1849: Charles L. Reason is named professor of belles-lettres, Greek, Latin and French at New York Central College in McGrawville, New York. He appears to be the first African American to teach at a mixed race institution of higher education in the U.S.

That Albee couldn’t conceive of a scenario in the 1960s where such a character could exist without hopelessly straining credulity says a metric ton more about institutional erasure and the success of privileged narratives than it does about verifiable historical reality.

That those caring for Albee’s estate continue to be unable to imagine such a scenario in 2017, especially in a play where every other damn thing the characters say has two or three meanings and / or is elaborate fiction meant to stymie genuine interaction — where the primary actors go so far as to invent people who don’t actually exist but apparently it’s too difficult for the rights holder to imagine people who do — borders on intellectual failure of the sort that, come to think of it, deserves Albee-style disdain and mockery.

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If You Can’t Tell People of Color From Dogs and Martians, I Can’t Help You

I did a bit of spitting and stuttering about this interview of The Coen Brothers by Jen Yamato on social media, but the more I stewed, the more I had to rant about, so I thought I’d take it to the lengthier venue of the blog.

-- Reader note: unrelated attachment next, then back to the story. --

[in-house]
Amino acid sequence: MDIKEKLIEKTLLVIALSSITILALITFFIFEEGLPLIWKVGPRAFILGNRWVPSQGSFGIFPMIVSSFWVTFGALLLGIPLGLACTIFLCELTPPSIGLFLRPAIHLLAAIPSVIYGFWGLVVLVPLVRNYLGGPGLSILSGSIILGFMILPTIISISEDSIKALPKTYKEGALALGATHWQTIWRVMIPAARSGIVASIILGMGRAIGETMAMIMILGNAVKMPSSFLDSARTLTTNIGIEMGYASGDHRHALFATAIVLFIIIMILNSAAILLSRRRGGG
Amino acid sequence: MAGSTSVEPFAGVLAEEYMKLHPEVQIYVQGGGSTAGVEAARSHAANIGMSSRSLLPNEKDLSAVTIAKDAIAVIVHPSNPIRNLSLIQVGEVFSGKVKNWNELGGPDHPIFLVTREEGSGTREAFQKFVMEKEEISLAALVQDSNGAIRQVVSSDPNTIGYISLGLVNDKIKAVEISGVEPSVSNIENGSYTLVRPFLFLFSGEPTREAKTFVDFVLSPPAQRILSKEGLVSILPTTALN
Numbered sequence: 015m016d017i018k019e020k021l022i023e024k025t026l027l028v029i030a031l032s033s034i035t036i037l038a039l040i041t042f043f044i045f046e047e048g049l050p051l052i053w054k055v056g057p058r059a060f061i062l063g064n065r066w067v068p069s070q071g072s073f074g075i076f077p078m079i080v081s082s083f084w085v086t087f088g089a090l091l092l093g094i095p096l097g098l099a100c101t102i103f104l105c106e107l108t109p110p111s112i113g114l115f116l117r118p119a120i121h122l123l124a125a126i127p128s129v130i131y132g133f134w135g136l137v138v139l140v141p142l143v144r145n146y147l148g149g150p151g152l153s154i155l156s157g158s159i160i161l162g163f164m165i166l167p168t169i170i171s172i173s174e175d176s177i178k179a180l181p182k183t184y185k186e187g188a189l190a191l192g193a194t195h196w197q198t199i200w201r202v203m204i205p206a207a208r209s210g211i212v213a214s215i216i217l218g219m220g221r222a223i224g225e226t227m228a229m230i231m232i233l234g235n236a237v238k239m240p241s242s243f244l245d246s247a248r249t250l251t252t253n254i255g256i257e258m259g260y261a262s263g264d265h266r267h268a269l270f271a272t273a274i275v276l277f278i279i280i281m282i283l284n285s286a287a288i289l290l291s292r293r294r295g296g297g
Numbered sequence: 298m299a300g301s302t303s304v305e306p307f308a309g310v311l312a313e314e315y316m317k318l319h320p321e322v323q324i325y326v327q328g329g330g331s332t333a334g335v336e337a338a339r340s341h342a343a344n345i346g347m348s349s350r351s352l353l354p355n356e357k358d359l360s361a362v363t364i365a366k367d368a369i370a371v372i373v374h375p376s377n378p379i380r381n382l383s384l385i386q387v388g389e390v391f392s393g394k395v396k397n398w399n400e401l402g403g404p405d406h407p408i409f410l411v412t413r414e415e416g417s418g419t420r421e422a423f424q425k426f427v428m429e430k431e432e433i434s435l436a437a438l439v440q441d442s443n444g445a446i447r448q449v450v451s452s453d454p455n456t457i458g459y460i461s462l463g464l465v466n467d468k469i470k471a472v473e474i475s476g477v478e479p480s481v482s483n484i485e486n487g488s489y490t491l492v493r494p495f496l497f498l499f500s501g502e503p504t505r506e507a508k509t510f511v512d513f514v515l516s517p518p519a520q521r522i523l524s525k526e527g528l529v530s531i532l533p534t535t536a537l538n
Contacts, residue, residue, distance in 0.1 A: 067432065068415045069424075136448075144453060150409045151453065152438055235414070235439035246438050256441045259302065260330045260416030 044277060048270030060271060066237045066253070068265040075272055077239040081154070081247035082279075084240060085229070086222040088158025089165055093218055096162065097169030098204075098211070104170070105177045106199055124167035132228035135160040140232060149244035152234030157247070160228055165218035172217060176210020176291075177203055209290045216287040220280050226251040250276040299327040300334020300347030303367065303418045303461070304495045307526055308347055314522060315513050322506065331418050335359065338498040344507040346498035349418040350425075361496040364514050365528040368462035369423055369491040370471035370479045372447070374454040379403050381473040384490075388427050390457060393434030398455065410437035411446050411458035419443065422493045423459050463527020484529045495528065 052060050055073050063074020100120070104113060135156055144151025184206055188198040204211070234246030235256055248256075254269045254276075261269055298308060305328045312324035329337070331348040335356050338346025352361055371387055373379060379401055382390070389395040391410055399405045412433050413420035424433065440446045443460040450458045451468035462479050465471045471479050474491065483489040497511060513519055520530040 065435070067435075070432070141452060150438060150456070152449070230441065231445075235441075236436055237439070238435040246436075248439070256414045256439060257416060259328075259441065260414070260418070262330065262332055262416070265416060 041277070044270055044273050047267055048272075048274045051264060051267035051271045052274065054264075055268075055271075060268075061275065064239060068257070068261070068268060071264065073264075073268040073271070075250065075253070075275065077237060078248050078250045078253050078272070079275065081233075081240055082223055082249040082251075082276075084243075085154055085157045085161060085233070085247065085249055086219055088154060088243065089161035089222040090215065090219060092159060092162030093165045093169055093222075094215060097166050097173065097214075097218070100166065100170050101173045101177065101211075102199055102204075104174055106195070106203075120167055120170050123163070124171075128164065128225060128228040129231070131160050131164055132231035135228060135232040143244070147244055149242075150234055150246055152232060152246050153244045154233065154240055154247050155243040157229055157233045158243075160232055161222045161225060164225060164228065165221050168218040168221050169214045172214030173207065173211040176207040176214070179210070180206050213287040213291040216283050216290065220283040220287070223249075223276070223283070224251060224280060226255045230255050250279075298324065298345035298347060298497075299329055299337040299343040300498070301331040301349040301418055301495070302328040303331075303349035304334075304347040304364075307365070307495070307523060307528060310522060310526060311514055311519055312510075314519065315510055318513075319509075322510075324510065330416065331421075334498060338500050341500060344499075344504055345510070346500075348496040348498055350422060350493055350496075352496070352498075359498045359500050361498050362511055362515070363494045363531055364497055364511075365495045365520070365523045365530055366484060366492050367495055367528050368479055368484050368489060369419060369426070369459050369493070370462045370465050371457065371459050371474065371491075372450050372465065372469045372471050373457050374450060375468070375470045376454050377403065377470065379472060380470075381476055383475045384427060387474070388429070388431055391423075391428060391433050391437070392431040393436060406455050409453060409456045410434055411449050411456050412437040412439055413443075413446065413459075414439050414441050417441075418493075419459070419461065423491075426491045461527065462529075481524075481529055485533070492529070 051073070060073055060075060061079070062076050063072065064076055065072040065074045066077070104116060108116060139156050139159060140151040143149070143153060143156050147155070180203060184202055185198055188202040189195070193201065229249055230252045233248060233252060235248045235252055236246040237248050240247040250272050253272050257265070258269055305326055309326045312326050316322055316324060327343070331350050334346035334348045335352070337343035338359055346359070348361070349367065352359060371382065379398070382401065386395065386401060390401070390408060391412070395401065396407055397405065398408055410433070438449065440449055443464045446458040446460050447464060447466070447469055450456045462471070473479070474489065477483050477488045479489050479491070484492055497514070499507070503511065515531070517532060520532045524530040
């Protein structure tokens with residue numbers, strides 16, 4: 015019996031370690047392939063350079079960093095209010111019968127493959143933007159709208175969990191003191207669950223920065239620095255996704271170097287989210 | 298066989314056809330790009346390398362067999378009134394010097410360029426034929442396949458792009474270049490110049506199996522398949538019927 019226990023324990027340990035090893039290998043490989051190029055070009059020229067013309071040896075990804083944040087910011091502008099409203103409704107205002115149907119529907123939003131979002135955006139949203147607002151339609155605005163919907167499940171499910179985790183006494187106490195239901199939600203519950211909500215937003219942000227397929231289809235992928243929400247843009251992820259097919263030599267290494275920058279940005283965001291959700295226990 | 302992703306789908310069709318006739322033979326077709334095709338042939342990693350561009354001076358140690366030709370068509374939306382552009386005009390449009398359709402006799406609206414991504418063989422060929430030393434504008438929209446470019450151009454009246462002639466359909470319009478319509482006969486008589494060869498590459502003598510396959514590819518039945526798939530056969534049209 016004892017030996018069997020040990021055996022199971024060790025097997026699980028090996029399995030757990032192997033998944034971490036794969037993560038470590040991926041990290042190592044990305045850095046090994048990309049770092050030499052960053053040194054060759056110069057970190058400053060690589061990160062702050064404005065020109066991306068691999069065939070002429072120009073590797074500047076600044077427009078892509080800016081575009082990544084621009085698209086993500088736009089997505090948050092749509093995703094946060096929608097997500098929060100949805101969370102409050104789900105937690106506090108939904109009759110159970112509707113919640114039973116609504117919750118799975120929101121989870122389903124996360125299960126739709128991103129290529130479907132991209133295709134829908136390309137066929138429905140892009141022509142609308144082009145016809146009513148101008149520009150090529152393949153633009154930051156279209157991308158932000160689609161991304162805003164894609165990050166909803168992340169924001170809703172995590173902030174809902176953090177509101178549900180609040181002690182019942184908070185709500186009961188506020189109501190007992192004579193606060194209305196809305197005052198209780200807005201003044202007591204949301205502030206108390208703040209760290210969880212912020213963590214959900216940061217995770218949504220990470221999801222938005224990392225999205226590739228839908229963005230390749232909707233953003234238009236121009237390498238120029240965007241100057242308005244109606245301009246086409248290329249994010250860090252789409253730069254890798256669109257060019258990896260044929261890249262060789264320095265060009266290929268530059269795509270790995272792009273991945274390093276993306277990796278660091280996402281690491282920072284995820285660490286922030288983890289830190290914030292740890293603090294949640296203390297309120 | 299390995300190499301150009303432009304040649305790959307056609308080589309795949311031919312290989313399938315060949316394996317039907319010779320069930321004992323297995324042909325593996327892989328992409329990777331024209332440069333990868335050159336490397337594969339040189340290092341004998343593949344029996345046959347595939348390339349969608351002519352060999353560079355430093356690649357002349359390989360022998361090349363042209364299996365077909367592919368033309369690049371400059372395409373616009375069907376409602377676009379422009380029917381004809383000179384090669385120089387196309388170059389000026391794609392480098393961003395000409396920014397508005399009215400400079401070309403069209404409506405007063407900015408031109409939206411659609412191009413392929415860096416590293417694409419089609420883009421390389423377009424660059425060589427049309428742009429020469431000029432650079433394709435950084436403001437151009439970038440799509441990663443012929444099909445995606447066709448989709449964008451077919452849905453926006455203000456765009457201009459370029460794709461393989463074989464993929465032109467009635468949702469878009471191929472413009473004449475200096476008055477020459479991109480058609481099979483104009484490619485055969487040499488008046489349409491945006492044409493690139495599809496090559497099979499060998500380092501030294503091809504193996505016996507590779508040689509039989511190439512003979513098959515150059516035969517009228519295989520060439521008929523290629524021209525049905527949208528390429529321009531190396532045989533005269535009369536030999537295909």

Ignore the title of over at The Daily Beast. This is only tangentially about The Oscars. It’s far more substantively about the Coens who, after saying diversity is important, spin on their heels and dig in when questions of diversity are leveled at them (specifically, their newest film). The most egregious response comes from Joel Coen, when asked about criticism of a lack of non-white characters in Hail, Caesar!:

You don’t sit down and write a story and say, ‘I’m going to write a story that involves four black people, three Jews, and a dog,’—right? That’s not how stories get written. If you don’t understand that, you don’t understand anything about how stories get written and you don’t realize that the question you’re asking is idiotic.

I suppose I should at least be impressed by how very many ways Coen is fundamentally wrongheaded in such a short space. I mean, efficiency of language is something.

Still:

Let’s get some of the most hateful bits out of the way right here. A white, straight man is sitting around telling his Asian-American female interviewer that she’s an idiot for questioning his choices as a creator. This is such prototypical whitemansplaining that we might as well just stop using other examples. Joel Coen wins the crown.